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Serving: WI

Pollinator plantings: Wisconsin ag students learn by doing

Slideshow: Beaver Dam High School wins a grant to boost pollinator habitat on an area farm.

Environmental stressors and habitat loss have caused declines in monarch butterfly numbers and other pollinators since the 1990s. The loss of milkweed and nectar plants reduces the resilience of the monarch population to predators, parasites, pathogens and weather.

In 2014, the U.S. Fish and Wildlife Service received a petition to place the monarch butterfly under the Endangered Species Act. Pollinators are vital to agriculture because 35% of the world’s food crop depends to some degree on pollinators.

The week of June 17-23 is National Pollinator Week, a week fully dedicated to celebrating pollinators and educating how to protect them.

On June 5, agriculture classes and the FFA chapter in Beaver Dam, Wis., helped with pollinator plantings at a local 1,800-acre crop farm owned by Nancy Kavazanjian and her husband, Charlie Hammer. Beaver Dam High School is one of 12 schools in Wisconsin and 10 schools in Minnesota selected this year to receive a grant from Sand County Foundation.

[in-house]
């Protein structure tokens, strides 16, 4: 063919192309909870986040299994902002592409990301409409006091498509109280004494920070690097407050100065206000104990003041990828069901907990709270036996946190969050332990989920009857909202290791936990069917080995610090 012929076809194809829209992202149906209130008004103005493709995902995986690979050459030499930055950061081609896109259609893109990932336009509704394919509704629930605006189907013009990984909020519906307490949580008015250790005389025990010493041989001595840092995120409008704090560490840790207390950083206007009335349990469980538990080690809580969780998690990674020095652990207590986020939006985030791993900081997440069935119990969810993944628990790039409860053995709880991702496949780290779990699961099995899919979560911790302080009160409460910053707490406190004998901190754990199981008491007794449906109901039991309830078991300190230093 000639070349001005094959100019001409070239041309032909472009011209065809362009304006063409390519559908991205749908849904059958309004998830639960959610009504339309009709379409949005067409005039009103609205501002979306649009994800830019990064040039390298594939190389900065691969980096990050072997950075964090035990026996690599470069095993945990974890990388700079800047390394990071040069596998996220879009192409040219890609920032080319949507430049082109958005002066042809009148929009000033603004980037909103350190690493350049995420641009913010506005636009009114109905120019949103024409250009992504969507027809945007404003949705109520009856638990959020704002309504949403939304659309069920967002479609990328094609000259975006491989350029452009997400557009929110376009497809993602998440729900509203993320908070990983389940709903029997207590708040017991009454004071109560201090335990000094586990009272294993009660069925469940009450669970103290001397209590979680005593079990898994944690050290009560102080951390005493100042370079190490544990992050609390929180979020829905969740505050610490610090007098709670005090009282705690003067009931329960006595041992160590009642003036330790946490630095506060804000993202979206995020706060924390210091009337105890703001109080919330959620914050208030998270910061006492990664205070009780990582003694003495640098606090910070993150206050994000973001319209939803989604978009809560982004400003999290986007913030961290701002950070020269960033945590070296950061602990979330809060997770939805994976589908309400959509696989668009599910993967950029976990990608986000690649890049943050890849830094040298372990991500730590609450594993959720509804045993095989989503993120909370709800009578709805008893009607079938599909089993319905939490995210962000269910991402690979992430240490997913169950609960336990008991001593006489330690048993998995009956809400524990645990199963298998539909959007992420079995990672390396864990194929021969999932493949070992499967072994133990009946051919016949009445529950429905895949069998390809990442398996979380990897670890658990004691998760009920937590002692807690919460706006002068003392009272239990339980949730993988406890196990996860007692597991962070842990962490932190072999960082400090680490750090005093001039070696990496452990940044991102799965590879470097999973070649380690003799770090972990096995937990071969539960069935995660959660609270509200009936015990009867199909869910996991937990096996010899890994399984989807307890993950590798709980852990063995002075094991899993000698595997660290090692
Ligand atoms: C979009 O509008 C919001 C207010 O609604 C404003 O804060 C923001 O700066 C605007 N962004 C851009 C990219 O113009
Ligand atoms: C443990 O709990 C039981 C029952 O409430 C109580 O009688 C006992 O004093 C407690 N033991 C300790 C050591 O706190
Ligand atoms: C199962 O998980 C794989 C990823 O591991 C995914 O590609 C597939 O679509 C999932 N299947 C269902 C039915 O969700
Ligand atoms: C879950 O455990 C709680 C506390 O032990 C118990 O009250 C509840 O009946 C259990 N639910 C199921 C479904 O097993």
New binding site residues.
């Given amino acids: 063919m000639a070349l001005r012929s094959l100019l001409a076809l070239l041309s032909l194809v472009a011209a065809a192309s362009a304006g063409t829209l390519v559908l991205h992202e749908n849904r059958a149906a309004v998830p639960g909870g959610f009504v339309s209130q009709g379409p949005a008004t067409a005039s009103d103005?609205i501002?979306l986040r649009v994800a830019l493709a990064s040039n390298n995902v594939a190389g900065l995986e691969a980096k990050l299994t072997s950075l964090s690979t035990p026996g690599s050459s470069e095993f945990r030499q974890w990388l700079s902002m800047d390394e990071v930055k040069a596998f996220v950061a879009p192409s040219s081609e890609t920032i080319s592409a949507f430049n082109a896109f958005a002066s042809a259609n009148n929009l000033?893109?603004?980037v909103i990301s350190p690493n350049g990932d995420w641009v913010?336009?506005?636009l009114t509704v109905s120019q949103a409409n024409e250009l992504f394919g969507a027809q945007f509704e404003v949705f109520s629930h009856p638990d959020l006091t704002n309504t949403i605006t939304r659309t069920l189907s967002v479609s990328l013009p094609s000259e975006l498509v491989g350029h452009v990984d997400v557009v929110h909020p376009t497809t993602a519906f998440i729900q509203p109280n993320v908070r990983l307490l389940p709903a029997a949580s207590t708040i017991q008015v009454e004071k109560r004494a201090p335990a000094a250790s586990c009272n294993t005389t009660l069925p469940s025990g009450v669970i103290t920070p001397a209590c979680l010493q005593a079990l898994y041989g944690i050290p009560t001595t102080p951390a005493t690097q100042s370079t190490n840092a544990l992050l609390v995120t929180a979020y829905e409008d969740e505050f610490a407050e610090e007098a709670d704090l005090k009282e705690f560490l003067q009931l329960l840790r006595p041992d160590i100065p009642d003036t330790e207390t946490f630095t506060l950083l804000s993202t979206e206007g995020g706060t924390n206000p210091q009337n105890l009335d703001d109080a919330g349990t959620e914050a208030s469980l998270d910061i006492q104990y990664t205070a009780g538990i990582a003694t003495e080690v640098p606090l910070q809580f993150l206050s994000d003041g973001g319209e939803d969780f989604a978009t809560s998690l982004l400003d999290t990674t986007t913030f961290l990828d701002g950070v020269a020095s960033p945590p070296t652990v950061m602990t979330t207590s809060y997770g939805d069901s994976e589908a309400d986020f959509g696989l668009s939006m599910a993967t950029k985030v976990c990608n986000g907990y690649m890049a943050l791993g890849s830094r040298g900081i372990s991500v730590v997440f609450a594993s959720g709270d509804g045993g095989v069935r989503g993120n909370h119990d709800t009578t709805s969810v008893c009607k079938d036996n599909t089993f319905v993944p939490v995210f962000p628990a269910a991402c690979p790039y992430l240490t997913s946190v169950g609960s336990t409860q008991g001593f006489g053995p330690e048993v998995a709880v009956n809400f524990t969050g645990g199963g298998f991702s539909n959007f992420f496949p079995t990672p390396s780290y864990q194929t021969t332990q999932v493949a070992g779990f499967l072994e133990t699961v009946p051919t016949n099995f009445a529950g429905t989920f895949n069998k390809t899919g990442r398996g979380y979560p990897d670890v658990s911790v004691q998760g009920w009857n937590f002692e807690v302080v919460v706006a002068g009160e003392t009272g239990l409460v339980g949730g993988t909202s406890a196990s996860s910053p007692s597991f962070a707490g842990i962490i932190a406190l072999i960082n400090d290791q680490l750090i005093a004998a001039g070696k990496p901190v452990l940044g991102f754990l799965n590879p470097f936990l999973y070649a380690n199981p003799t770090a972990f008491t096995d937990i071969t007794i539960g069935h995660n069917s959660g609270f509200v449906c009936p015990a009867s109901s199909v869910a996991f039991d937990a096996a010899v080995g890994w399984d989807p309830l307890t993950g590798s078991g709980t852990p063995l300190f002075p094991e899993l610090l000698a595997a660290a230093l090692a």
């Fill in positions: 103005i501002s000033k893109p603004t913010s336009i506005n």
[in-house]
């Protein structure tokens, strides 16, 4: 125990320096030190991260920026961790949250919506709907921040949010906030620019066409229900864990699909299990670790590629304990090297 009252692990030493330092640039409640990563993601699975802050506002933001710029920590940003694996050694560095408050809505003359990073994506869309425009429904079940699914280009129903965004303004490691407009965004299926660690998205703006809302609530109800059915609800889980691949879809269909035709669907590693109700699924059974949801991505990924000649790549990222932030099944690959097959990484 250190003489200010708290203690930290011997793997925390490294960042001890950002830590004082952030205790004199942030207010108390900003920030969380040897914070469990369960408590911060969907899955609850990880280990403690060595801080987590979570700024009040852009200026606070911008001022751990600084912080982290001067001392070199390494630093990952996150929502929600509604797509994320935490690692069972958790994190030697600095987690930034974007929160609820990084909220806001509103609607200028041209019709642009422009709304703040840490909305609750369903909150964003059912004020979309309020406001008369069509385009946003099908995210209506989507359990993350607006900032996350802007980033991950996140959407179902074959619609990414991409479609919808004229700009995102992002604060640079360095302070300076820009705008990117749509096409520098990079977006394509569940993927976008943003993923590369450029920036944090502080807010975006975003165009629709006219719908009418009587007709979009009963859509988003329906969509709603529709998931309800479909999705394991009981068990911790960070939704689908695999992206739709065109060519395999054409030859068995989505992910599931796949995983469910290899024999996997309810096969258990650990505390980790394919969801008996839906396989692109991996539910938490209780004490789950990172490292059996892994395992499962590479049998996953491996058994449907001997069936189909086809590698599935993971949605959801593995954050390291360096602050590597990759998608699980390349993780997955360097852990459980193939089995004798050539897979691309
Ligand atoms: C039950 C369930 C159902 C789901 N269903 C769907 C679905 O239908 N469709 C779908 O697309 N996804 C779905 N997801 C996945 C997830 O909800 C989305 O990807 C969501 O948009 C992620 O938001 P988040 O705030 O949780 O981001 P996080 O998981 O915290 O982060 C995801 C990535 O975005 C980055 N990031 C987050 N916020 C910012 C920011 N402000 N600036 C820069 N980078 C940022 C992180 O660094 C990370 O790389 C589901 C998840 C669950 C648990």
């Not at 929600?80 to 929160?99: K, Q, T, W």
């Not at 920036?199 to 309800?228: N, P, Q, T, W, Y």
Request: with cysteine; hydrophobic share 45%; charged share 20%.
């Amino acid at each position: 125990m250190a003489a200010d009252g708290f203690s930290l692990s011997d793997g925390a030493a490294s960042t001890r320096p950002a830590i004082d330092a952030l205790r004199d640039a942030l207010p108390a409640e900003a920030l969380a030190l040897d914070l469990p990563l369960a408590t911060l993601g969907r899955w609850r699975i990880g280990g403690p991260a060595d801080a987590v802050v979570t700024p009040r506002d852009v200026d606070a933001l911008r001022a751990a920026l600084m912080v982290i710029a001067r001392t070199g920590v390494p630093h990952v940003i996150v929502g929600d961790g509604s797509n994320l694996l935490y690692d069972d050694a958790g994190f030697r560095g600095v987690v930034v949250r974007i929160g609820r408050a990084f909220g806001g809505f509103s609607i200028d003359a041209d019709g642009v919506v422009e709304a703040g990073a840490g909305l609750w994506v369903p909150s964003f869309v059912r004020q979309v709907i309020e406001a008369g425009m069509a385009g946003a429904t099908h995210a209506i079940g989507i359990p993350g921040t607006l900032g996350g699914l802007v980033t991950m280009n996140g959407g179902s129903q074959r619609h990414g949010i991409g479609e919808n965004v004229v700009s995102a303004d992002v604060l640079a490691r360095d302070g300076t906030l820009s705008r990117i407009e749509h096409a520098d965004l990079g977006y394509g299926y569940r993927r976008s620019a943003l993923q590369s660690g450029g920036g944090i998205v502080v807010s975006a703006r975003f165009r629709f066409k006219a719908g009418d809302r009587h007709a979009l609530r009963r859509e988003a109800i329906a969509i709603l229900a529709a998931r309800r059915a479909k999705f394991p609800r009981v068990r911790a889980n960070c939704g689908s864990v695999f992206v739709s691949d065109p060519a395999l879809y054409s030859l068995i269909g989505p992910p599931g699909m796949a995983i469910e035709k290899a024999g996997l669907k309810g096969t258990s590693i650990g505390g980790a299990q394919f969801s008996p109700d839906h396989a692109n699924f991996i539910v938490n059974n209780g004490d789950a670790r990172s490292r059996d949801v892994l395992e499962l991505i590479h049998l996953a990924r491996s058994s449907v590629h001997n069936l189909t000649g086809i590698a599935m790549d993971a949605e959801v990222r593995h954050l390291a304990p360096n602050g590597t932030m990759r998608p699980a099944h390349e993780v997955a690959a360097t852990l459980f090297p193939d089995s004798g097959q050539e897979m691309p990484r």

“We had 14 grants last year,” says Craig Ficenec, program director at Sand County Foundation. “This year we had 40 applicants just for the 12 Wisconsin grants.”

The Sand County Foundation is working with Wisconsin and Minnesota high schools to involve students in hands-on habitat restoration on farms and other rural lands. The group offers financial grants for students to raise native prairie plants in greenhouses. Students then transplant the plants in rural areas and monitor their progress. Wisconsin co-sponsors include We Energies Foundation, Syngenta, Bayer Crop Science and Dairyland Power Cooperative.

Jonathan Ganske, Beaver Dam High School ag instructor, says 50 students in three ag classes, plus FFA officers, helped with the pollinator plantings at the Kavazanjian and Hammer farm. In March, the students received 600 plugs, or plants, which they planted in the school greenhouse.

“Our greenhouse class grew the plants,” Ganske says. “I believe the best way to learn is by doing. When this opportunity came along to apply for a grant, I thought it was a no-brainer.”

Kavazanjian says the pollinator plants were then planted on about 1 acre of land in front of a solar panel array on their farm.

“We’re planting coreopsis, blue aster, blazing star and bluestem from the Sand County Foundation, and milkweed from the BASF Monarch Challenge,” she says. “I also plan to plant some coneflowers, black-eyed Susans and sunflowers. They all attract pollinators.”

Kavazanjian also plans to seed the site with grasses. “A couple years from now, it will look amazing,” she says.

TAGS: Crops
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